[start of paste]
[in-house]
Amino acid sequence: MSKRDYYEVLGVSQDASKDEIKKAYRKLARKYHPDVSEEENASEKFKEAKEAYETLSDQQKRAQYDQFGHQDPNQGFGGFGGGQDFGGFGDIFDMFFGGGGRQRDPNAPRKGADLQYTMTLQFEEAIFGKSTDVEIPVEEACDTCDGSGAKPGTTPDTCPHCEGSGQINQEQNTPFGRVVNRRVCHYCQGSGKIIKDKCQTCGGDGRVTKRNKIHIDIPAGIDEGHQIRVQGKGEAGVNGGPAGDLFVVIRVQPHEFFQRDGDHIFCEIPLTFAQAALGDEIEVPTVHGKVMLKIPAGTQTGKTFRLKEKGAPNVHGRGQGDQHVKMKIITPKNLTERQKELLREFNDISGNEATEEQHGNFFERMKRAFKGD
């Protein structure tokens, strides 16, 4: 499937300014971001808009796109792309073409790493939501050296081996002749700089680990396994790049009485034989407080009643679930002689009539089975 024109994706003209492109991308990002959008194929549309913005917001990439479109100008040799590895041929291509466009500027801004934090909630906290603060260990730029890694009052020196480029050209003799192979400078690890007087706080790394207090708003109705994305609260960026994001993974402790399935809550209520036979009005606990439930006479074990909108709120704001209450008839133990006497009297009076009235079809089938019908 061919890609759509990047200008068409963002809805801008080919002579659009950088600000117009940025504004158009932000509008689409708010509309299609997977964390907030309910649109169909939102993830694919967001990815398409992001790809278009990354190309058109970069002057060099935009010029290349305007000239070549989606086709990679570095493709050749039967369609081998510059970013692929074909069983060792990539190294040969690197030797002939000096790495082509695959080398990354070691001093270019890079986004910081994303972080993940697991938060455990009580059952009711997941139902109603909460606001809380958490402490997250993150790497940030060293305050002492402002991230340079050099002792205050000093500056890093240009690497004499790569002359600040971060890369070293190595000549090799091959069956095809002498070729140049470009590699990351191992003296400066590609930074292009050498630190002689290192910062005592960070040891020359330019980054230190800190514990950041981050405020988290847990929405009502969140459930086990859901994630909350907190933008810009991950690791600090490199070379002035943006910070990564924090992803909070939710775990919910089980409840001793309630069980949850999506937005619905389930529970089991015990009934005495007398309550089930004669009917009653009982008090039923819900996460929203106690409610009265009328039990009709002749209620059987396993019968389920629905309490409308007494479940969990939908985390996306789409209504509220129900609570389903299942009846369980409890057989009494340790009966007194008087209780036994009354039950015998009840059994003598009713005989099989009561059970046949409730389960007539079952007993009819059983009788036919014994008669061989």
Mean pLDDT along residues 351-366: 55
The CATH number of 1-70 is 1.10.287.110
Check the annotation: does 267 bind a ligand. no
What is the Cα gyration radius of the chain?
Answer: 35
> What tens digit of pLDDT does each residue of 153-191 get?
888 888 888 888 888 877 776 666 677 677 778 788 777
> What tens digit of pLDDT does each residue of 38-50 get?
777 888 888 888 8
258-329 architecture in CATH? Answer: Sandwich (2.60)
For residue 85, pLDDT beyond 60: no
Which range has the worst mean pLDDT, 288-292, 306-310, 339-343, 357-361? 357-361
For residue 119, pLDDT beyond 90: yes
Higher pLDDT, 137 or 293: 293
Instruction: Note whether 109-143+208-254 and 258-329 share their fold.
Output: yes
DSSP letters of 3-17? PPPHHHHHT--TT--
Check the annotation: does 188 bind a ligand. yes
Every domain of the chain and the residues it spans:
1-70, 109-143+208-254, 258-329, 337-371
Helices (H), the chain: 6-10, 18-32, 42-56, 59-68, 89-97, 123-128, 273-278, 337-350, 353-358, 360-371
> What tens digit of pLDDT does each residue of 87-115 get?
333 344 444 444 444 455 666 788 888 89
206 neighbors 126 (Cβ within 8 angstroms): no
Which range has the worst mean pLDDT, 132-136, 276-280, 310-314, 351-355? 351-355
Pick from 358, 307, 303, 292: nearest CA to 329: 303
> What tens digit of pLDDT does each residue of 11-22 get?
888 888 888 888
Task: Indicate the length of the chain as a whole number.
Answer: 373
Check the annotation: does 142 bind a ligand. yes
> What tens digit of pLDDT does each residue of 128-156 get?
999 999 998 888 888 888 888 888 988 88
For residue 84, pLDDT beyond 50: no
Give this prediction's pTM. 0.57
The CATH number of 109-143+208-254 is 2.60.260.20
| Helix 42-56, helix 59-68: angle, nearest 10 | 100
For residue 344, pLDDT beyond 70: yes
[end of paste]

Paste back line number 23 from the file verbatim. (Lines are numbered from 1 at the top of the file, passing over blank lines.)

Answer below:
1-70, 109-143+208-254, 258-329, 337-371